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Protein Eng Des Sel. 2004 Sep;17(9):699-707. Epub 2004 Nov 2.

Covalent DNA display as a novel tool for directed evolution of proteins in vitro.

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  • 1Institute of Pharmaceutical Sciences, ETH Hönggerberg, Wolfgang-Pauli-Strasse 10, HCI G394, 8093 Zurich, Switzerland. julian.bertschinger@pharma.ethz.ch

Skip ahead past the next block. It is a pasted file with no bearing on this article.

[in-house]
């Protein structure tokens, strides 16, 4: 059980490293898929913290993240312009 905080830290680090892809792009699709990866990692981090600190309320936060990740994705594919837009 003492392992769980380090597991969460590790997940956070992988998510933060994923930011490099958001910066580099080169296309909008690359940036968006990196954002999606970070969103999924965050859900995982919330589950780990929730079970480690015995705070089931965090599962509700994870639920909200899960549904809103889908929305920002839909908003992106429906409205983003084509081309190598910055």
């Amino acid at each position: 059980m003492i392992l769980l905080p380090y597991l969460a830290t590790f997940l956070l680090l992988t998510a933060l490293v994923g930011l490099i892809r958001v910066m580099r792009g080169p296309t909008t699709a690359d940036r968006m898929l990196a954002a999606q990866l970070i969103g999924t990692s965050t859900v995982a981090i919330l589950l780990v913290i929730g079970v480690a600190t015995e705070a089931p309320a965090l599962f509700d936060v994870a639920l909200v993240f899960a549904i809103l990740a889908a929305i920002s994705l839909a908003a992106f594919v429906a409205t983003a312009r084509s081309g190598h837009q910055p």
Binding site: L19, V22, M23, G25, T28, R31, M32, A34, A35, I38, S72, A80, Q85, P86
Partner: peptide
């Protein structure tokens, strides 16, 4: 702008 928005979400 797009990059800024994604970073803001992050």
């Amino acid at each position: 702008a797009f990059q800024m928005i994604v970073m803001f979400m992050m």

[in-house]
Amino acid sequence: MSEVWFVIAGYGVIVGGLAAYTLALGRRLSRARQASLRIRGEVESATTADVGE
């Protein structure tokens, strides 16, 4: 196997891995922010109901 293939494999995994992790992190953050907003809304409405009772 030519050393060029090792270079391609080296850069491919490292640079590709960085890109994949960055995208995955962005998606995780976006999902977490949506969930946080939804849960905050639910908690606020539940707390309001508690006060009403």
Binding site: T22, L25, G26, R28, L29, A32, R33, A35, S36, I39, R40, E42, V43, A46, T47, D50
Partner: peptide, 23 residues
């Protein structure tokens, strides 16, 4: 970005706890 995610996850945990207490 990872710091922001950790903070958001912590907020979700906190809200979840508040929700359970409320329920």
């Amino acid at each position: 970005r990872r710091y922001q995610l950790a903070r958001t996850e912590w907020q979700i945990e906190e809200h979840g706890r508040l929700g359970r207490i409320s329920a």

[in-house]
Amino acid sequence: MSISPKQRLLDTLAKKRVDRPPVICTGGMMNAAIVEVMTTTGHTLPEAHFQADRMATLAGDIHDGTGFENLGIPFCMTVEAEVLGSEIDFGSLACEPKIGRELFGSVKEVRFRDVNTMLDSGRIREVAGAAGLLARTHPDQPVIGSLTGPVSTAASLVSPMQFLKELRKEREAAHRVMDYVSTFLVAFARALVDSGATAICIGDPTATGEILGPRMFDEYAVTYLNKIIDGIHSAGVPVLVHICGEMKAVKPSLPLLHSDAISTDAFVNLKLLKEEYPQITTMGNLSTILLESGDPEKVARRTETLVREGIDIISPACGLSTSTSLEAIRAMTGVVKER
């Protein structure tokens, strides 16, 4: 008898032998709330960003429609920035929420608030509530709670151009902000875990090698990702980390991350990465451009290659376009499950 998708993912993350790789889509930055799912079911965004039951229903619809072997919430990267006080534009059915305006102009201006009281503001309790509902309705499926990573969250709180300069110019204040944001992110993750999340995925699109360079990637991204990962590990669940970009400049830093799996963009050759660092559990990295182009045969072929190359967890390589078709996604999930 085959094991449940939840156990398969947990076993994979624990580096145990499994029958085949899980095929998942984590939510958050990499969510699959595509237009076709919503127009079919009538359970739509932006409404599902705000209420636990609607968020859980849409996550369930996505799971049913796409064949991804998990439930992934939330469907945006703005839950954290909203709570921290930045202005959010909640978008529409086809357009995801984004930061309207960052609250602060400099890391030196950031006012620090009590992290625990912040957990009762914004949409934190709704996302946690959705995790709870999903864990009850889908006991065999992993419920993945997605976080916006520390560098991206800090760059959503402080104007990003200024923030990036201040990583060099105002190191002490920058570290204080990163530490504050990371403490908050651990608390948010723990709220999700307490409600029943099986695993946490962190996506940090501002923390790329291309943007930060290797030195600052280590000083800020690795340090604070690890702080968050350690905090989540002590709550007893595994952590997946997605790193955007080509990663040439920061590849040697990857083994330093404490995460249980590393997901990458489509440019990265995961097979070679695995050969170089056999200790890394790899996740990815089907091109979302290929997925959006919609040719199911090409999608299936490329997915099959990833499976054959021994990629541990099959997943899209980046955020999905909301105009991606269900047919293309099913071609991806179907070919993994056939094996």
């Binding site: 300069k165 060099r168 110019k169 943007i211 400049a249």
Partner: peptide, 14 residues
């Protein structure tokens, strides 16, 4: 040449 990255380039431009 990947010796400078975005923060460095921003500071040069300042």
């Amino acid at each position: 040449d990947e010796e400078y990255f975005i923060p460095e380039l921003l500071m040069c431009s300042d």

We present a novel method for the directed evolution of polypeptides, which combines in vitro compartmentalization and covalent DNA display. A library of linear DNA fragments is co-packaged with an in vitro transcription/translation mixture in the compartments of a water-in-oil emulsion. Experimental conditions are adjusted so that, in most cases, one compartment contains one DNA molecule. The DNA fragments encode fusion proteins containing a DNA-methyltransferase (M.Hae III), which can form a covalent bond with a 5-fluorodeoxycytidine base at the extremity of the DNA fragment. The resulting library of DNA-protein fusions is extracted from the emulsion and DNA molecules displaying a protein with desired binding properties are selected from the pool of DNA-protein fusions by affinity panning on target antigens. We applied this methodology in model selection experiments, using specific ligands for the capture of peptides and globular proteins bound to DNA. We observed enrichment factors >1000-fold for selections performed in separate emulsions and up to 150-fold for selections performed using mixtures of DNA molecules. M.Hae III could be fused to small globular proteins (such as calmodulin and fibronectin domains), which are ideally suited for the generation of combinatorial libraries and for the isolation of novel binding specificities.

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